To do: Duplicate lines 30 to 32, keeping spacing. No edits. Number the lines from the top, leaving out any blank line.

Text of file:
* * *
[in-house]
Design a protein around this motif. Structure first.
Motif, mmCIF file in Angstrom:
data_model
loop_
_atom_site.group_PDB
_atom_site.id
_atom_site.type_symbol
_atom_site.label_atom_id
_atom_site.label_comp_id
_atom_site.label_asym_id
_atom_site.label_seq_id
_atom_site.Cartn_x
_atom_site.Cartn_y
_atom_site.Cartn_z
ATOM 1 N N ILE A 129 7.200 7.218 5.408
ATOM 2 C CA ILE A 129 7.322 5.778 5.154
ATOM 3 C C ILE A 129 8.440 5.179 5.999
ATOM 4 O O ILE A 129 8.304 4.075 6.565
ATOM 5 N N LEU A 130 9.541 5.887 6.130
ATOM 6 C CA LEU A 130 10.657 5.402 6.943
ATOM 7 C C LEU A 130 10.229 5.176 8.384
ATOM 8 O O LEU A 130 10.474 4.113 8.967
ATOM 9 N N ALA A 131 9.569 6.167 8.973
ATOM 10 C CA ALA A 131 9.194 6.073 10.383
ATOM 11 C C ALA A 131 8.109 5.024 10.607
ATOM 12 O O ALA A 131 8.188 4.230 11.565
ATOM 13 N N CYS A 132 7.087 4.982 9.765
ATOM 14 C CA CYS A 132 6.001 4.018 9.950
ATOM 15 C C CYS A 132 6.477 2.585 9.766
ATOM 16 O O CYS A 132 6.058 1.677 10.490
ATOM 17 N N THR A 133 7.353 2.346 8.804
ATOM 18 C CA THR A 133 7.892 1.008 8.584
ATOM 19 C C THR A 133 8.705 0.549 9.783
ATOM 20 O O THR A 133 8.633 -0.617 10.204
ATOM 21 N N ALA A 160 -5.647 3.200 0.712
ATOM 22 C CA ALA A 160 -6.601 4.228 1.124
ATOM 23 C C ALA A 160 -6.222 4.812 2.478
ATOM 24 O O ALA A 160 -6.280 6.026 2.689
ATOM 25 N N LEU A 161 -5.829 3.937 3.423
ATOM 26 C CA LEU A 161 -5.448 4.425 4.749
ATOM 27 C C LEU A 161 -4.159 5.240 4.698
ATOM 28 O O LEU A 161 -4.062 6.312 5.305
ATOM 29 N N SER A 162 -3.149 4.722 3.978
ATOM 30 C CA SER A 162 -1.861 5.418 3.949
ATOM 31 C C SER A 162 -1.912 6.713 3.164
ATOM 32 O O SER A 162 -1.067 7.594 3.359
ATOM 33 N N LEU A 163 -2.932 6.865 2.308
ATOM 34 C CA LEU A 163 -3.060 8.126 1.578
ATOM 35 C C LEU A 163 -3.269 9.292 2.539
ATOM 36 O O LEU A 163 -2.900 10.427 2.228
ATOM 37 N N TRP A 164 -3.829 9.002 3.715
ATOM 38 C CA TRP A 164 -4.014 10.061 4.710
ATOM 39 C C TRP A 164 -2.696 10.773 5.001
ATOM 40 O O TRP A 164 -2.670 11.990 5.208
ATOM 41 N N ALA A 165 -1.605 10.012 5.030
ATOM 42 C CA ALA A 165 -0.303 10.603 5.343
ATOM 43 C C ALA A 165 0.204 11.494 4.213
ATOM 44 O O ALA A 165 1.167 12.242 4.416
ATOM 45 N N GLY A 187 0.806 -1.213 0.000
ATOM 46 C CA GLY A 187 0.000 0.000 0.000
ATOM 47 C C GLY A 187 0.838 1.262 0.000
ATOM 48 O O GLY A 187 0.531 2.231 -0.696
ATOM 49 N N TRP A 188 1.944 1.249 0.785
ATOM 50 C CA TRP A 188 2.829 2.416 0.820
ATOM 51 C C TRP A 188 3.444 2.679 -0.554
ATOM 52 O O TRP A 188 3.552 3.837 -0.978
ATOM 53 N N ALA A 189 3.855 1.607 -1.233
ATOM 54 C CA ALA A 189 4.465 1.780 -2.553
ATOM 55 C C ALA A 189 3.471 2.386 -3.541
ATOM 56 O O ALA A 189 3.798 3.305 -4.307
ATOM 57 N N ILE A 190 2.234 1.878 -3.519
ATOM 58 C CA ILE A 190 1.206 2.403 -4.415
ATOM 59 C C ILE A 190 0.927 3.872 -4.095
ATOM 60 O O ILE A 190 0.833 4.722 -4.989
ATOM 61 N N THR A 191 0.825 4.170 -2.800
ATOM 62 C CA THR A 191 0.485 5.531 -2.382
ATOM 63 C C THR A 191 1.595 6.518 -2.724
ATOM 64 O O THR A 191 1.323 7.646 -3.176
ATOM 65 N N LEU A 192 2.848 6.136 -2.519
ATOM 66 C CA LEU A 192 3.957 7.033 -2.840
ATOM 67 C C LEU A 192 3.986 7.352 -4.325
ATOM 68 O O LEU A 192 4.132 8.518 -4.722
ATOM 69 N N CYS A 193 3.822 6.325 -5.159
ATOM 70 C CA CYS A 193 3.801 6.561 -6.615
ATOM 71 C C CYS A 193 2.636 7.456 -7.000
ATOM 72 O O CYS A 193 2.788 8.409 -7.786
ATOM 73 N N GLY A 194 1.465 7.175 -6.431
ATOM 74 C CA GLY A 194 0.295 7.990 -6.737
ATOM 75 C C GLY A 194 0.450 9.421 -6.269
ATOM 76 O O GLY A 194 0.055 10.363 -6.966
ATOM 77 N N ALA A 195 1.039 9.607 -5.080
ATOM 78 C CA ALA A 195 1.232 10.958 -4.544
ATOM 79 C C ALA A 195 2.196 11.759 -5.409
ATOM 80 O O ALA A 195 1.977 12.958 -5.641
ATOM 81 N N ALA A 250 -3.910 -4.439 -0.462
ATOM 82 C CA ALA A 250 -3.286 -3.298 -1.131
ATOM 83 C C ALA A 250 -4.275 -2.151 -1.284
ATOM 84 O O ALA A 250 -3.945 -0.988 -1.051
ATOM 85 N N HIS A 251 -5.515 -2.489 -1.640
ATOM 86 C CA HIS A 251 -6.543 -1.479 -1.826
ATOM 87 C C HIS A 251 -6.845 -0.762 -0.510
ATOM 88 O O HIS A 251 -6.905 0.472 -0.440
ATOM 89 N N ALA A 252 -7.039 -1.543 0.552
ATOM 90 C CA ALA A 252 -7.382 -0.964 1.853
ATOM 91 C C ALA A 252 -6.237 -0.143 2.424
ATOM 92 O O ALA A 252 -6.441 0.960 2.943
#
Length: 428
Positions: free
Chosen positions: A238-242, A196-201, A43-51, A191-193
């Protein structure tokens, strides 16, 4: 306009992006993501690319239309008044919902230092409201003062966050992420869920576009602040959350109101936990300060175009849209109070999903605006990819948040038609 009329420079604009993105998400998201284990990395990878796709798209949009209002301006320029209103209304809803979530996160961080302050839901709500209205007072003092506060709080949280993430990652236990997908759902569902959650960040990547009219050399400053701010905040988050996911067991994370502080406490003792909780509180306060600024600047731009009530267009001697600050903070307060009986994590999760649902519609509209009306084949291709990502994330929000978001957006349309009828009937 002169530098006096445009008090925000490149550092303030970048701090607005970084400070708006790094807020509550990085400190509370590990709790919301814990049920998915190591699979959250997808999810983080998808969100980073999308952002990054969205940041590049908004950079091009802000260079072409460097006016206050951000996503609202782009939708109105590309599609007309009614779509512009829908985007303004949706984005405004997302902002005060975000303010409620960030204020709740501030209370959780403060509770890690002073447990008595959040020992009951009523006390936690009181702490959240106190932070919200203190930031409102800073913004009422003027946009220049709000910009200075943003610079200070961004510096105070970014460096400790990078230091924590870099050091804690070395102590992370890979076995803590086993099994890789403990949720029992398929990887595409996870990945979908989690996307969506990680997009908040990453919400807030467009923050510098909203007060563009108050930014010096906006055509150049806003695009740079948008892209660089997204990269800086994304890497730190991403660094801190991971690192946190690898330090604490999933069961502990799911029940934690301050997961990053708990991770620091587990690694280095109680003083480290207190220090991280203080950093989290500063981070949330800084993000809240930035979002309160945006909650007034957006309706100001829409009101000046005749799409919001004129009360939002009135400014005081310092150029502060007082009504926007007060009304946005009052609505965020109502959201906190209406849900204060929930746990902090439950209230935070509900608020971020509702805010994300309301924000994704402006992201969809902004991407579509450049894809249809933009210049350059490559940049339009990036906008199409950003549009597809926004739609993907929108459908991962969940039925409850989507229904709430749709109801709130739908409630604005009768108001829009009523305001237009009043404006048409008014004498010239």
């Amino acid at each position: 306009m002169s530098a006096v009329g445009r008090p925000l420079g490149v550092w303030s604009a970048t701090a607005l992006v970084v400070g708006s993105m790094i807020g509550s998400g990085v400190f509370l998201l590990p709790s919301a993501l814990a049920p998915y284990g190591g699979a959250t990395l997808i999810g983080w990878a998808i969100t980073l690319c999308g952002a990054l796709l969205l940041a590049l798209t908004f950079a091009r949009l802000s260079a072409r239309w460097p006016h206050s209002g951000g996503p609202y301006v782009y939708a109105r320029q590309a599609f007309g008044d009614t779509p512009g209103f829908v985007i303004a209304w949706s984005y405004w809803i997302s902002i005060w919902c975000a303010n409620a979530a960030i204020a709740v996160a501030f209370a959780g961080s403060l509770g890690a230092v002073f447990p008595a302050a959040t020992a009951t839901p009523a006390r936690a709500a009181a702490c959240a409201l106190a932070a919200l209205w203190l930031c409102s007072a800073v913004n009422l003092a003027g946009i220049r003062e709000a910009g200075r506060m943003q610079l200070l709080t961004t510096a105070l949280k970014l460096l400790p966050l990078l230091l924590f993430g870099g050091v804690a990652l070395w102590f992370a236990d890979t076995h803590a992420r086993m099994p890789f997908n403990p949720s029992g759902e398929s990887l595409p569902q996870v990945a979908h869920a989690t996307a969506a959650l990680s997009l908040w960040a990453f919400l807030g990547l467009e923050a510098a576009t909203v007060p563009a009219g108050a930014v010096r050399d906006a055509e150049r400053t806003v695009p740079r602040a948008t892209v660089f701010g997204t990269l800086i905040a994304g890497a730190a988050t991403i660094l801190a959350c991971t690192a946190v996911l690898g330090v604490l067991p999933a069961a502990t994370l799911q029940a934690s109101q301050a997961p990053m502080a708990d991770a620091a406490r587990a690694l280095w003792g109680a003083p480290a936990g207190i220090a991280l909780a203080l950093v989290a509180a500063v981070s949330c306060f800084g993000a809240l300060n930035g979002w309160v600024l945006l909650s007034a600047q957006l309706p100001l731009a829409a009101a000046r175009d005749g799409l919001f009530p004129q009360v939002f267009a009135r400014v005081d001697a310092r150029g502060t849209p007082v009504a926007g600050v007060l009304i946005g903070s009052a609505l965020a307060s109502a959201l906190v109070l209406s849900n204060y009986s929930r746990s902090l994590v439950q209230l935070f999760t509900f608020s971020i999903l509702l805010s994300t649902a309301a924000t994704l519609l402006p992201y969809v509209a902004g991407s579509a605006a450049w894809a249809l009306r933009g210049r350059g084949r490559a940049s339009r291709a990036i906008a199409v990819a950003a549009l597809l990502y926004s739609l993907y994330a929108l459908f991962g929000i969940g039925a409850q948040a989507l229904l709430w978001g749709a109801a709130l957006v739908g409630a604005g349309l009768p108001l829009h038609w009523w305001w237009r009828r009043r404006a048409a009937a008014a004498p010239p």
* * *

ATOM 15 C C CYS A 132 6.477 2.585 9.766
ATOM 16 O O CYS A 132 6.058 1.677 10.490
ATOM 17 N N THR A 133 7.353 2.346 8.804